I have no real world experience with this but as much as I remember from school the renting laws are waaaay scewed towards the renter. Kicking out a tenant for “no” reason is really hard and a lot of hassle, if you have a family it is even harder. I highly doubt a landlord would go through all this trouble just because a relatively normal thing, if he already hates you that may be another question but I assume not. He is however also entitled to increase the rent in some cases (which your case actually might qualify).

I do not know how good your German is but you might have a look at that https://www.mieterverband.ch/mv/mietrecht-beratung/ratgeber-mietrecht/top-themen.html sadly I have not found an English version


#7

I requested a rent reduction for the first time after being in the same apartment for 6 years and the managing agent said no.

I am a member of the mieterverband and they looked at our rental contract and the refusal letter and said we can go to a free arbitration to dispute this - the arbitration process also provides a free translator apparently. I have requested an arbitration date and will see what happens


#8

wow! keep us posted!


#9

Update:

I wrote to the Zürich Gemiende to request an arbitration meeting. I received an initial letter from them confirming that they would start the process and notify our landlord.

Two days later I got a letter from our landlord saying that they had re-checked our rent and would give us the full rent reduction. Our landlord then said if we were happy with this please could we cancel the arbitration process.

So a success. We got a 10% reduction in our rent just from writing two letters (three if you count the arbitration cancellation letter). Well worth the effort!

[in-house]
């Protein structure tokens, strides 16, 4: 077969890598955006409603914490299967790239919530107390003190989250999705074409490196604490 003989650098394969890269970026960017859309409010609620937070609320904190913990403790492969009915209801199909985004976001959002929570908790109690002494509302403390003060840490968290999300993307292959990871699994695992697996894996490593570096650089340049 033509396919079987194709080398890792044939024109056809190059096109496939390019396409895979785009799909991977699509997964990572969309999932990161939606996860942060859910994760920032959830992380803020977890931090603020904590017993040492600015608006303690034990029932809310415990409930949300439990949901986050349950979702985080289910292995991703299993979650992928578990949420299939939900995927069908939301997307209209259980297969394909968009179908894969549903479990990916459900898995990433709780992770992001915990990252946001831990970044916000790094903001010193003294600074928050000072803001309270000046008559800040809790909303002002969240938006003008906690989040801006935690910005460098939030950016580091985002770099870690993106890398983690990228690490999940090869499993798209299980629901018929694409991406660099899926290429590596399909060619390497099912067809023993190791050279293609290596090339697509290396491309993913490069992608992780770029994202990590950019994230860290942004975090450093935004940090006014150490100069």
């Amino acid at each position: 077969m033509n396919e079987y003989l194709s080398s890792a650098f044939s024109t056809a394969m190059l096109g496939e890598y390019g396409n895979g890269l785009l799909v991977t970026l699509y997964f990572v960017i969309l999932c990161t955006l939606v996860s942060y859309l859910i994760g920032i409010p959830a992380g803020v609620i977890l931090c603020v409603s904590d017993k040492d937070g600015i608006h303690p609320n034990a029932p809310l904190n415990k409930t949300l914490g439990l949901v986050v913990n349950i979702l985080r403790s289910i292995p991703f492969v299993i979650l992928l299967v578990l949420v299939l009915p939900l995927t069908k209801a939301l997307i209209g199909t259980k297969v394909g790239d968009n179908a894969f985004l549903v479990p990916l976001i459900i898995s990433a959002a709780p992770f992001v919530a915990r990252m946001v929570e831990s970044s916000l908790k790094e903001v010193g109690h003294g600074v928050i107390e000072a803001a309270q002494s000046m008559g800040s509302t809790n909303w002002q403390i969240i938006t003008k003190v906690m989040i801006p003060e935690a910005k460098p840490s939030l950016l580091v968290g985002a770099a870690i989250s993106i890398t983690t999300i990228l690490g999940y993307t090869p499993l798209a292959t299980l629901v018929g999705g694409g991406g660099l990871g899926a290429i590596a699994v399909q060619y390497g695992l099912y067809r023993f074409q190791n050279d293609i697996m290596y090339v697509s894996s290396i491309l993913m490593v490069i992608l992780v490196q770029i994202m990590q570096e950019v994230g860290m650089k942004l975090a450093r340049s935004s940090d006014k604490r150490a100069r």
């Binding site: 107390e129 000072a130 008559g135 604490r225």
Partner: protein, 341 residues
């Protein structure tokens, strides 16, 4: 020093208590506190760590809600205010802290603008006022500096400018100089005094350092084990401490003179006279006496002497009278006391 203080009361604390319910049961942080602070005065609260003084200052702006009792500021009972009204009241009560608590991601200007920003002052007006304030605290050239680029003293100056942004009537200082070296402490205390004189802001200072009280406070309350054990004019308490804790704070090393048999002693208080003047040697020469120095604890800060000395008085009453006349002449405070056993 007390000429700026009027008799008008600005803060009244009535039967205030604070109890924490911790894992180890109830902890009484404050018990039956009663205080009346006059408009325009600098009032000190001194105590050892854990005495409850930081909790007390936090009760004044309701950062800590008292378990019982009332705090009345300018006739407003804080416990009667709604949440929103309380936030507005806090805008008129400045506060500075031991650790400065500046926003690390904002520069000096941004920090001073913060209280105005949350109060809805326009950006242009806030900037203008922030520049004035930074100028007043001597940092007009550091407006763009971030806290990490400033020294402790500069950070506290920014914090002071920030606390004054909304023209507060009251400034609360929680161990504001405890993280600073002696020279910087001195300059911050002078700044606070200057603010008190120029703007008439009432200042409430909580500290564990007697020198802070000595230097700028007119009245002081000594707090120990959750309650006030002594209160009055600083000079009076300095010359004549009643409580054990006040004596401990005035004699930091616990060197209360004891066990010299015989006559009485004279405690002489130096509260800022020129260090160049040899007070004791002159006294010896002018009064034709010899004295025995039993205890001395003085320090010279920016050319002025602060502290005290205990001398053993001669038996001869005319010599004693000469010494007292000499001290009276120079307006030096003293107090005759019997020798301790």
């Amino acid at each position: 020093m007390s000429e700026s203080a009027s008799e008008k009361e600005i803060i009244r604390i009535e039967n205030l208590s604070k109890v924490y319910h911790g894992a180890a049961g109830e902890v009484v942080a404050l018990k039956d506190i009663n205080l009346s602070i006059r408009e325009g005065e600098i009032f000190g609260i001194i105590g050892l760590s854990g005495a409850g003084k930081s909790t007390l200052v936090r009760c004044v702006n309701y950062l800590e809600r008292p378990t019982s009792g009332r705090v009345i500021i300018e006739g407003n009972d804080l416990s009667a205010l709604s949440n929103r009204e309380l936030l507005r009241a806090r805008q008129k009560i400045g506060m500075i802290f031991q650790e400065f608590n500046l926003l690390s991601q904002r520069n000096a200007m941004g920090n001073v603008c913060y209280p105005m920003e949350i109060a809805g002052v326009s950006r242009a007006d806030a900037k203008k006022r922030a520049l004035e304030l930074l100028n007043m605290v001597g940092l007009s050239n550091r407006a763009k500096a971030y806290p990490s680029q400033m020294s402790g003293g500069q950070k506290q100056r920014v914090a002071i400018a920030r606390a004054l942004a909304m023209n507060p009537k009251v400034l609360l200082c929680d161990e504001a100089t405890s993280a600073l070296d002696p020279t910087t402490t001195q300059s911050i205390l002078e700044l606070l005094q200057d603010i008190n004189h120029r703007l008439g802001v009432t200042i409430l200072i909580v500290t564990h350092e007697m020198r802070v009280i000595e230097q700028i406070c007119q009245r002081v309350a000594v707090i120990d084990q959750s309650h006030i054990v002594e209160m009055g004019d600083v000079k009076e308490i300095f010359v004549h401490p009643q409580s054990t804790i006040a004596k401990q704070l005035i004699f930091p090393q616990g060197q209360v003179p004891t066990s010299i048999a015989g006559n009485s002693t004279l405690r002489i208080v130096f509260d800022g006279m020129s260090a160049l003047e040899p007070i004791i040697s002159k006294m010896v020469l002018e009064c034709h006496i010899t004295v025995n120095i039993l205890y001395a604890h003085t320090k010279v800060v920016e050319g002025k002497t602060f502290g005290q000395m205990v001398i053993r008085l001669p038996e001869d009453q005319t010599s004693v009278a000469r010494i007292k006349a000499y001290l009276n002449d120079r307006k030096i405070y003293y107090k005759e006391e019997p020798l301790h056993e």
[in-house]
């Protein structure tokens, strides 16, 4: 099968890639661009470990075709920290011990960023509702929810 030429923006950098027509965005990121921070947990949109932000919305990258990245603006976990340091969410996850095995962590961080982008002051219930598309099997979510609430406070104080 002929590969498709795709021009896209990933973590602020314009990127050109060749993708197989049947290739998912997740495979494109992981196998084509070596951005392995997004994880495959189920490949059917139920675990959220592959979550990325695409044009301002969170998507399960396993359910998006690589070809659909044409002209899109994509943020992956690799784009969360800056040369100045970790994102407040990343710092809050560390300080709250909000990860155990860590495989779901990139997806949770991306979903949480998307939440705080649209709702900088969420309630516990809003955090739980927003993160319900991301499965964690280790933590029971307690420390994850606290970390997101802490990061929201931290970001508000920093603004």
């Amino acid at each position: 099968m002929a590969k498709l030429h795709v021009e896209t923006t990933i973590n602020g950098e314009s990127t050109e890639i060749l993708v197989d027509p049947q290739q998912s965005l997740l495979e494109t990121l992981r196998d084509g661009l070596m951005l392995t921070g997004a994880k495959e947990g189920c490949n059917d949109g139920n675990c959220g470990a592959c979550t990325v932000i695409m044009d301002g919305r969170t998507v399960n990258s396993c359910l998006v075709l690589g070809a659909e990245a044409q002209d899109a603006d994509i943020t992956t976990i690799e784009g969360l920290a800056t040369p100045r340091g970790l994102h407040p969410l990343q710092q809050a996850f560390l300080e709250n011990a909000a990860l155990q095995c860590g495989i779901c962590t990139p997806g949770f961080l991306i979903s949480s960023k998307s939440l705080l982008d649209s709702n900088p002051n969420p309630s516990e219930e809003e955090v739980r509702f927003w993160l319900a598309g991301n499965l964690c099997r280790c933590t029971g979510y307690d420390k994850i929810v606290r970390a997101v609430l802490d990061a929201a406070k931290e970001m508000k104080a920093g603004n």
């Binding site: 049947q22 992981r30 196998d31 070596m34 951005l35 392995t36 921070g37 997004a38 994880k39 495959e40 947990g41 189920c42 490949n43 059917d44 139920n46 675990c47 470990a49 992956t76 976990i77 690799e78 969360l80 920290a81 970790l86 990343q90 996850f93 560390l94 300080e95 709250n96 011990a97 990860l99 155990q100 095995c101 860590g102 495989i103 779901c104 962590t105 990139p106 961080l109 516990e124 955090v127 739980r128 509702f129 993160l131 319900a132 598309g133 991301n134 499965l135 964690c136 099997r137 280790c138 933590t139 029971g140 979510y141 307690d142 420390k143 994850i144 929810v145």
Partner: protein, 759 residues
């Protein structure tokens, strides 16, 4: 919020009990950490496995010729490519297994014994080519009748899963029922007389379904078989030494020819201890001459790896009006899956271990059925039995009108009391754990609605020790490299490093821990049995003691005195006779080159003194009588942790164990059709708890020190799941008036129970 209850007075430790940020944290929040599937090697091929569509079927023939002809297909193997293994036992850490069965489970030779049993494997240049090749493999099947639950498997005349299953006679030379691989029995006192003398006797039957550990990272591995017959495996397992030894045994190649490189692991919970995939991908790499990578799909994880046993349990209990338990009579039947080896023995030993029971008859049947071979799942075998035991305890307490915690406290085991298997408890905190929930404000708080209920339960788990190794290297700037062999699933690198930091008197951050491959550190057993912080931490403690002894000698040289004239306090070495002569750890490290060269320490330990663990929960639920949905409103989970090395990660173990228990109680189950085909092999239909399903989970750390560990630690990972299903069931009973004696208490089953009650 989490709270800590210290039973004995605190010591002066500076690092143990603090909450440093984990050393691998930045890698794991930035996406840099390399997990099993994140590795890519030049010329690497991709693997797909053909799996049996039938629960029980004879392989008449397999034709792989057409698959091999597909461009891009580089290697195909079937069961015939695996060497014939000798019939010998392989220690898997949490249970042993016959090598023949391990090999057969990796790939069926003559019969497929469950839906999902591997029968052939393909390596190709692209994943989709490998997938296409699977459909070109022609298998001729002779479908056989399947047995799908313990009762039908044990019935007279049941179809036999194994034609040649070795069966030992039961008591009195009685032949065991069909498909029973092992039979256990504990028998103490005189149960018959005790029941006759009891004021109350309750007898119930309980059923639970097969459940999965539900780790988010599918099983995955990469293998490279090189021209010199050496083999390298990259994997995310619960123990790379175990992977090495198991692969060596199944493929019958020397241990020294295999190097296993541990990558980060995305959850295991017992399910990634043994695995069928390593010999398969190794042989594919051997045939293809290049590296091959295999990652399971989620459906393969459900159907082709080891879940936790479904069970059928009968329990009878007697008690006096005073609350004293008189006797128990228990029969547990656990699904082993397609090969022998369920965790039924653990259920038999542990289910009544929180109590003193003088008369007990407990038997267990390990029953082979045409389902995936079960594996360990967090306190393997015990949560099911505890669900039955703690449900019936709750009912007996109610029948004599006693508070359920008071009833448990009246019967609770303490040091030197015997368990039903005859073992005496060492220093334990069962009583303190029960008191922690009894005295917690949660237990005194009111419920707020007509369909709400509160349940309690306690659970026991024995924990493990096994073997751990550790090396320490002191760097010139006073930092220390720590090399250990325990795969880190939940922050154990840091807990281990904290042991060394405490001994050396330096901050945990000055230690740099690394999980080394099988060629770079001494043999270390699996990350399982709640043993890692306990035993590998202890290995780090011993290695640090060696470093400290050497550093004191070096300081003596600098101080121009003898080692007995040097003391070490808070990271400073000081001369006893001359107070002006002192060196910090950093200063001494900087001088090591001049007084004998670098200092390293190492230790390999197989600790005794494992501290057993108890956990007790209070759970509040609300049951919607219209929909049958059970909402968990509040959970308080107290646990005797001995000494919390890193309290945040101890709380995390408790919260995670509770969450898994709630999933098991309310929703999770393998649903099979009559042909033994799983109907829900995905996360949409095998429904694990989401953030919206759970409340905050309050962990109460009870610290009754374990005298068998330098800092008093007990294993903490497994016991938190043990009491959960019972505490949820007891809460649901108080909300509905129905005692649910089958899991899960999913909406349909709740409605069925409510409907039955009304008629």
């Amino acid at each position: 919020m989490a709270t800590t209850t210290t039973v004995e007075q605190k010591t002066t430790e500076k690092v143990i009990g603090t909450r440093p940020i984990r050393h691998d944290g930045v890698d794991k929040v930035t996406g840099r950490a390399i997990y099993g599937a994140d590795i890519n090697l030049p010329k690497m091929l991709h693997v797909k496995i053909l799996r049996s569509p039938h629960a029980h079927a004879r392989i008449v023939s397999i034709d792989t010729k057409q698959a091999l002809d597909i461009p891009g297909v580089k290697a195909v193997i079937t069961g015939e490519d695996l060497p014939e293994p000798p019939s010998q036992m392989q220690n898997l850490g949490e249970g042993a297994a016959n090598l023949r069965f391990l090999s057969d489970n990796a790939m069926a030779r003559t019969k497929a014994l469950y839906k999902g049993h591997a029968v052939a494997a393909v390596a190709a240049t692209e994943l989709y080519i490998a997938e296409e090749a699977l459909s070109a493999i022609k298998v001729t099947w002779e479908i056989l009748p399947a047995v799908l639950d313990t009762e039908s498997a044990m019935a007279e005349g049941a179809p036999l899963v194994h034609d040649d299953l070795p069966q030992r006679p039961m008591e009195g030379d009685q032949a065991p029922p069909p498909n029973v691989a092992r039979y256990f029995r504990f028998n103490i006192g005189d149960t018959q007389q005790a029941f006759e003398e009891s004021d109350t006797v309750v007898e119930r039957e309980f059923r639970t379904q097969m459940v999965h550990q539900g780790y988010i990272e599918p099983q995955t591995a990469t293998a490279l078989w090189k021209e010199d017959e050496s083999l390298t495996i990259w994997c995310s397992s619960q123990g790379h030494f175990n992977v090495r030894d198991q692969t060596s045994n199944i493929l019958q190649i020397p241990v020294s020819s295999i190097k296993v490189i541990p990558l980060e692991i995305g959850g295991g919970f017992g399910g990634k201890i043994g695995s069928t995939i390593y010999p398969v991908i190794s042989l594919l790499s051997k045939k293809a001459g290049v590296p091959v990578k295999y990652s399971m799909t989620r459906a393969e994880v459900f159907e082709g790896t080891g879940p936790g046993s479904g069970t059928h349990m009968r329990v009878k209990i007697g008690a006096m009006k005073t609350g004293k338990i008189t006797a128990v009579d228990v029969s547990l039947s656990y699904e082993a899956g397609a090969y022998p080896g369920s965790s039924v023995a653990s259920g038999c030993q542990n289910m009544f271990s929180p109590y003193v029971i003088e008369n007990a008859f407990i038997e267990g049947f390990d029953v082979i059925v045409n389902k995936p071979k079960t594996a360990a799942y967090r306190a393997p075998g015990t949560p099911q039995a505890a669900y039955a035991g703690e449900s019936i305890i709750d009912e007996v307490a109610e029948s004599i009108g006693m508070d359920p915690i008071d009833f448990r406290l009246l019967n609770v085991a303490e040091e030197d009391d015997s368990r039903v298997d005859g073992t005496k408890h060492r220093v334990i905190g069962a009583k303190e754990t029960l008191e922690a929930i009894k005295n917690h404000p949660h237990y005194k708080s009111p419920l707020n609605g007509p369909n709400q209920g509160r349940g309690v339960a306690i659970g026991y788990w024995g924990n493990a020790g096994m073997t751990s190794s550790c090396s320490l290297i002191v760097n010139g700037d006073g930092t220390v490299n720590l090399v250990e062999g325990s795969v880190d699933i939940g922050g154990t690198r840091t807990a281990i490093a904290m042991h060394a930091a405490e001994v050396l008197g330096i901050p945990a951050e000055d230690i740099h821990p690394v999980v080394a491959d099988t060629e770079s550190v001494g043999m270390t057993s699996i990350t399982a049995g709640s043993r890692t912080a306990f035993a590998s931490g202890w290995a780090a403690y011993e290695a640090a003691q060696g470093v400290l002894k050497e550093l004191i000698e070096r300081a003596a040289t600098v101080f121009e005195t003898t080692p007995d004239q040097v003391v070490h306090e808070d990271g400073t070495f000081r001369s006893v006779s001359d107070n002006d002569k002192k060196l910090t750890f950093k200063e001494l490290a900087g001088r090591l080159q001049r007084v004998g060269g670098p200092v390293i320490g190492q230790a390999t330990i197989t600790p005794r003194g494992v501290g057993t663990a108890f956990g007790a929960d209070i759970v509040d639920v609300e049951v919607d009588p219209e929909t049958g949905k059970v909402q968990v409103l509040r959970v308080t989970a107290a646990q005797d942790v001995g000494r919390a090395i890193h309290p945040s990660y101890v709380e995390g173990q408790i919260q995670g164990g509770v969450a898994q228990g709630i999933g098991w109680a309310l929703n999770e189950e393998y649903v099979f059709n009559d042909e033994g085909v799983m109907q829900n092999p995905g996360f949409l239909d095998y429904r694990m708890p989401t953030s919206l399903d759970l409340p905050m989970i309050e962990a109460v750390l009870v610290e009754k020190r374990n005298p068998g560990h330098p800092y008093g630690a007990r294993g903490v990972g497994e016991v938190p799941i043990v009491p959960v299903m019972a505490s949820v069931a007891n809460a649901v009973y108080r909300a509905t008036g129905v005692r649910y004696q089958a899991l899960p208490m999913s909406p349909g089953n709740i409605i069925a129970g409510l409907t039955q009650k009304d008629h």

#10

Wow!! Congrats for that one!
well done!


#11

Ok guys, to keep you updated, I claimed the rent reduction to the landlord justifying with the typical letter. I claimed something close to 300 rent reduction according to the

I received a letter last Friday saying “they propose” a reduction of 100 (that’s about 8% of the rent)

We got 1200 reduction per year :slight_smile: I could answer that letter claiming for mor but… I’m ok with 1200…

cheers!


#12

I highly recommend doing this. I belong to ASLOCA and with their help (which did cost almost chf1200), I got a rent reduction of over three thousand a year. I’m still a little bitter. I live in Geneva where the vacancy rate is so low as to be non-existent for middle income/low income renters. When I moved here in 2003, there was no one to advise me (the relocation agent was in cahoots with the regie) that if the rent is raised by more than 10% with no substantial work being done, you have 30 days to contest this. They raised my rent by nearly 30% over the previous tenant and did nothing to improve the apartment. I also had a five year lease, indexed to the CPI.
I have found ASLOCA seems to be more committed to preserving the system rather than truly serving renters, but finally, this time around before the third renewal of my lease, I was able to get enough of a reduction that it was worth the effort.
The regies really don’t want to go to arbitration which is why they will accept any reasonable offer from the tenant. I really wanted to go to arbitration, but ASLOCA didn’t explain beforehand that if we countered the regie’s offer and they accepted the offer that arbitration would be cancelled.
Still, I am at least now paying less per month than when I moved in fifteen years ago.


#13

Rent raise by 10+% compared to previous tenant only gives you a right to initiate a hearing about it, but there’s no guarantee you’d win - if the landlord can prove that the rent is comparable to what other people are paying by giving a few examples, it’ll stay. Most landlord however compromise as the standard demanded by courts for such proof is too high.

So why don’t you? The formulas for rent adjustment are set in stone and based on well known macroeconomic parameters, there’s only some wiggle room for a “general costs increase” parameter which you can still try dispute and don’t have to accept landlord’s calculation. First dispute instance (Schlichtungsbehörde) is free of charge.